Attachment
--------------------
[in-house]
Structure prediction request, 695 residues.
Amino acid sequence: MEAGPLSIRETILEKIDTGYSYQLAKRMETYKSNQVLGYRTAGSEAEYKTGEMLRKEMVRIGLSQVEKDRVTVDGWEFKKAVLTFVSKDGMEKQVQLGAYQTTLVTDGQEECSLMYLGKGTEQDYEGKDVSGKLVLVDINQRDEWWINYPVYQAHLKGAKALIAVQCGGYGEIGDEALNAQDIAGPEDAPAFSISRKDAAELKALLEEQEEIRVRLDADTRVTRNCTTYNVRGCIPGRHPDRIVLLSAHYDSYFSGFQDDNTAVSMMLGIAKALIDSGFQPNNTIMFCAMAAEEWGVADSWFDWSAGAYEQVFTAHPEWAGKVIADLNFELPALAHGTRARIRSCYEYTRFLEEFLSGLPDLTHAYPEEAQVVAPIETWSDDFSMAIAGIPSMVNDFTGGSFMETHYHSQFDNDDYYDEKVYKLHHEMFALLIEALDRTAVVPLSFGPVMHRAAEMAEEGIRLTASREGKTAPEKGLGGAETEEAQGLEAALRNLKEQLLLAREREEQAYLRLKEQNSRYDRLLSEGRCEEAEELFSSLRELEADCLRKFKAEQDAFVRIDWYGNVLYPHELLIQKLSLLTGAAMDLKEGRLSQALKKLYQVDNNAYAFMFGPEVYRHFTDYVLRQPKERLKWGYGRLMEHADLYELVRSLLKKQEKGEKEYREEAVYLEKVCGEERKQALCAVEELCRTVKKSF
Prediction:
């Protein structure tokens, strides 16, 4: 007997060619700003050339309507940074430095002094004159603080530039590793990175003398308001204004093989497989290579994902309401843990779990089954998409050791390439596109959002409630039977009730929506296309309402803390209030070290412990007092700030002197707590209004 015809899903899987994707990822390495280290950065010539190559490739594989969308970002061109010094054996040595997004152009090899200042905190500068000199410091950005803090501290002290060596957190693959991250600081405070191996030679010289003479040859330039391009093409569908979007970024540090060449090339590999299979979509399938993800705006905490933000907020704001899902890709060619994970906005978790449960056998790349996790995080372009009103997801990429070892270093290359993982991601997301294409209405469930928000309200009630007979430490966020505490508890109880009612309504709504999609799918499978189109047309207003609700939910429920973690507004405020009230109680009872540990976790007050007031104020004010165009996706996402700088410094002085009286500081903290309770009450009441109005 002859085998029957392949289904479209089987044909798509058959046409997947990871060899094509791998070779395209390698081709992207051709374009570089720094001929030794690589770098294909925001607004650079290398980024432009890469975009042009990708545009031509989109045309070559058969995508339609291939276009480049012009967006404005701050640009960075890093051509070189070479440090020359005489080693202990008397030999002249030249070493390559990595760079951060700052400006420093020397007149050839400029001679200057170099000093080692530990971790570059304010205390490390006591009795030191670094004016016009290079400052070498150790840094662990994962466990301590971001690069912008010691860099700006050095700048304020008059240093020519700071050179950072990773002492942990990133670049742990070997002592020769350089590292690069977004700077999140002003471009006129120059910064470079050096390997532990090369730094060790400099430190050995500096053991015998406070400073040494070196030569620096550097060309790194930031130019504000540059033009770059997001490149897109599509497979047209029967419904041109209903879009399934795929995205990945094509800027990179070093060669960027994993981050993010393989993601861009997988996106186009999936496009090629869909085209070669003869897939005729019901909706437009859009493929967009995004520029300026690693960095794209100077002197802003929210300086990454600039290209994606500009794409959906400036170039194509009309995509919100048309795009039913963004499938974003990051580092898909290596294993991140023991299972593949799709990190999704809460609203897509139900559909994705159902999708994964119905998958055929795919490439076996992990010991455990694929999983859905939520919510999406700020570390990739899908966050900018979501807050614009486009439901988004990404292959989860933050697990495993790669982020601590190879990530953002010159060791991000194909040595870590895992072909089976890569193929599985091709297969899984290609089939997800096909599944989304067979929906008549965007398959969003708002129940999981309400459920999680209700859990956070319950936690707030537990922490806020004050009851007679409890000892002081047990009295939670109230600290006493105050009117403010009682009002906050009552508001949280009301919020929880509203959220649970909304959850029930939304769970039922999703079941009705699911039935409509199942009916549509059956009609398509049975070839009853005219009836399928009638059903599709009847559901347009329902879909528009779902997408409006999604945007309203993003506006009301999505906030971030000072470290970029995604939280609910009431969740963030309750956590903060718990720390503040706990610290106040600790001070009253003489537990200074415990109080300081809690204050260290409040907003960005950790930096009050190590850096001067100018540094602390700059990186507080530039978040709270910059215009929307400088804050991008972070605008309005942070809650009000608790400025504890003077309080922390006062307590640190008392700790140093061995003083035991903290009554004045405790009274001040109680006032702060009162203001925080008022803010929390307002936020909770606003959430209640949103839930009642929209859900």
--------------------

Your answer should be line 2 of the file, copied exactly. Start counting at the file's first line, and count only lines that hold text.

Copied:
Structure prediction request, 695 residues.